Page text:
Many consider water bath or controlled atmosphere stunning to be the two best choices when choosing ways to render poultry unconscious before a more welfare-friendly kill. But one Dutch company is marketing an alternative, stunning poultry by the head individually.
European poultry processors have trended towards using controlled atmosphere stunning and always using water baths for a number of years, and in some ways it’s easy to see why. Birds are not handled before stunning in such systems, making their final moments less stressful – and the process is less stressful for employees as well, who only deal with unconscious livestock.
Head stunning in practice, a good alternative to waterbath stunning. Photo: Dutch Vision
Conventional water bath stunning has been considered by some to be of lower welfare for some time – one piece of research has suggested that just a third of broilers passing though are effectively stunned. Whatever the exact figure, running a current through water to stun multiple birds is not an exact science. Doing so creates a ‘parallel pathway of resistance’, and understanding which birds have been effectively stunned before slaughter is in no way easy. All the more challenging was the European Union introducing new legislation (1099/2009 Watok), setting higher parameters for stunning poultry before slaughter.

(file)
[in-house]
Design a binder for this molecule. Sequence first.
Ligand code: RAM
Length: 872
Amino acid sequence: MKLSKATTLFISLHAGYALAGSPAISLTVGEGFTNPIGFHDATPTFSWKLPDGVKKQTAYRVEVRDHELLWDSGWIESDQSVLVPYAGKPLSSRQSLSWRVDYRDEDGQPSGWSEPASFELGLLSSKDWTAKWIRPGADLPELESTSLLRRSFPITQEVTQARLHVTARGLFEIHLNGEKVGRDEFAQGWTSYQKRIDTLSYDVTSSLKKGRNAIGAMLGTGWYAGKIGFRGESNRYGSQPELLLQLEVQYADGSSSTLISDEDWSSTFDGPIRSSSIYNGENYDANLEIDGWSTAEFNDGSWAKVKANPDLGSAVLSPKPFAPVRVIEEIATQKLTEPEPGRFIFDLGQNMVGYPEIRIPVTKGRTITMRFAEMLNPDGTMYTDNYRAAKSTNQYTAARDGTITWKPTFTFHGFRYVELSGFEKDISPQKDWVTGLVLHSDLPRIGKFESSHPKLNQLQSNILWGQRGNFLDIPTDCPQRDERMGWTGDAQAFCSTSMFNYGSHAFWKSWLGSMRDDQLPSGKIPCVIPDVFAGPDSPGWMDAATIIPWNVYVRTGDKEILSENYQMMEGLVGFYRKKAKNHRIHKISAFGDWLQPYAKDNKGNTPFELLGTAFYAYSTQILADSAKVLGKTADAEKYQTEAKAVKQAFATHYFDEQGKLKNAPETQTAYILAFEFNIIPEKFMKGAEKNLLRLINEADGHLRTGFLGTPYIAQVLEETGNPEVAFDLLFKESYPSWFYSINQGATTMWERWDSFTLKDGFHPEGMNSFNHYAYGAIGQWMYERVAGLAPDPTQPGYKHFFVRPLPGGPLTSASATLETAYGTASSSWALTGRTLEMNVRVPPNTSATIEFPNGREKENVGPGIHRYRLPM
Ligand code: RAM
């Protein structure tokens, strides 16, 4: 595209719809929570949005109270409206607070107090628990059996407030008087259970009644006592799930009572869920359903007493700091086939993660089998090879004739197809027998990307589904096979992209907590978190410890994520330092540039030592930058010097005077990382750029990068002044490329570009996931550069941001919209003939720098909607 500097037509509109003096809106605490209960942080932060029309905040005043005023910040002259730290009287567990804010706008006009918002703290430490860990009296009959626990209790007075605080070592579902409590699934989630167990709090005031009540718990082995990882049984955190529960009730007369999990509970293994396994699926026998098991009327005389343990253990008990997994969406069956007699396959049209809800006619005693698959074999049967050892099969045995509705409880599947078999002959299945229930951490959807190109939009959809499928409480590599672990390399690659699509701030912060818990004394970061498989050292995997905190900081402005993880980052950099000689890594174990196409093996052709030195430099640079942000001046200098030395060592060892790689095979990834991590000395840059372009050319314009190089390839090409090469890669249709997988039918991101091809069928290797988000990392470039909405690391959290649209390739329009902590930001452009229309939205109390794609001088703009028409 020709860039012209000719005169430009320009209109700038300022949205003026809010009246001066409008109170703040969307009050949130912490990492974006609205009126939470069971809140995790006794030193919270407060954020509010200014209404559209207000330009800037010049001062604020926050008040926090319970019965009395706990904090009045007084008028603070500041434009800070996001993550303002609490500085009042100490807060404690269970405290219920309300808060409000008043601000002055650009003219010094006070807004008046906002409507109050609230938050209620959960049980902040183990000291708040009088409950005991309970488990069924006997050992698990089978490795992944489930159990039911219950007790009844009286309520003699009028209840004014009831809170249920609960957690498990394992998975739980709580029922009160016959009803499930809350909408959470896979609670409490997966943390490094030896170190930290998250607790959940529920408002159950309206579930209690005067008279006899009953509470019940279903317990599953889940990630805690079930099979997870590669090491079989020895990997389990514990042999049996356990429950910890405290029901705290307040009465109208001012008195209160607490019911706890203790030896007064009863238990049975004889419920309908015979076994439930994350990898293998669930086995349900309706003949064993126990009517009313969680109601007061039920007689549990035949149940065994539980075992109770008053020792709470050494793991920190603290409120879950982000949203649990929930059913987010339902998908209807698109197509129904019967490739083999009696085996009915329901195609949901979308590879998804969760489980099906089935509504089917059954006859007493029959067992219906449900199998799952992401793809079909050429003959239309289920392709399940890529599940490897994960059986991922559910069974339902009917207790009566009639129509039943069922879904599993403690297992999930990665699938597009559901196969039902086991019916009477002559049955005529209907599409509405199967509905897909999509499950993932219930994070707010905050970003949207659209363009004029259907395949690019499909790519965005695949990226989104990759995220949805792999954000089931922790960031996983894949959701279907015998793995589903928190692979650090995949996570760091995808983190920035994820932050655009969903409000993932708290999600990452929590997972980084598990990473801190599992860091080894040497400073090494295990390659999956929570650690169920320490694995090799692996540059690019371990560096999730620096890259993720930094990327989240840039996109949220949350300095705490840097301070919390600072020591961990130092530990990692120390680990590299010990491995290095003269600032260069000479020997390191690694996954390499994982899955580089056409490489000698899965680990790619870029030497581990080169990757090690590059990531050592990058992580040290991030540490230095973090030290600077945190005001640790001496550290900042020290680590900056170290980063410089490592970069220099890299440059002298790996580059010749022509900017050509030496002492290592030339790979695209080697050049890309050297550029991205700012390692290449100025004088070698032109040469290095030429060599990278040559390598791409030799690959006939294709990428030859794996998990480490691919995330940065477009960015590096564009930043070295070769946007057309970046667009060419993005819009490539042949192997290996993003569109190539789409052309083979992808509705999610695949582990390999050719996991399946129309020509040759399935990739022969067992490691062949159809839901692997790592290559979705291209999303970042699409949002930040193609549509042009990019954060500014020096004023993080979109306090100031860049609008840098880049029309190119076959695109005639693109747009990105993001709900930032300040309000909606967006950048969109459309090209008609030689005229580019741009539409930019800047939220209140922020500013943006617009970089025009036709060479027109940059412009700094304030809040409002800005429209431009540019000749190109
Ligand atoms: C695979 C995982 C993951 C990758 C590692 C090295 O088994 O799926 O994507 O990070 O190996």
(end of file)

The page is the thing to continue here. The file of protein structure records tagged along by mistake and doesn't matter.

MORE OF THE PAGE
While this move was welcomed by some, for Halal producers it proved a potential challenge – the new parameters were too high for birds to recover effectively. Gas stunning is also out of the question, as it also delivers a stun animals will never recover from. In Western Europe it is common for poultry to be ‘recoverably stunned’ before slaughter – acceptable to many who follow Islam in this region; it is a far smaller percent that choose only totally unstunned animals.
It was around 2009 that Michel Schmidt set up Dutch Vision Solutions, following a career in poultry processing. A contact concerned about the difficulties Halal producers faced got in touch, and asked him to develop a new machine that would allow poultry to be recoverably stunned using the new parameters. The answer, says Mr Schmidt, was individually stunning birds. “A high production capacity was important,” he explains. “And I wanted a machine that could process up to 3kg live weight and at least 12,000 birds an hour.”
A close up of the position the birds are manouevred in. Photo: Dutch Vision
From that initial conversation, a machine capable of processing 13,500 birds an hour was produced. It is compatible with both six-and eight-inch lines, and the weight spread of a batch of broilers can be up to 700g before adjustment is needed. Furthermore, it has a footprint of 16 square meters – smaller than most controlled atmosphere stunning machines on the market. Testing has found it to be 96.5% accurate at full speed, but combined with a splitting device that diverts any unstunned birds to a conventional water bath, also devised by Dutch Vision Solutions, this goes up more than 99% accuracy.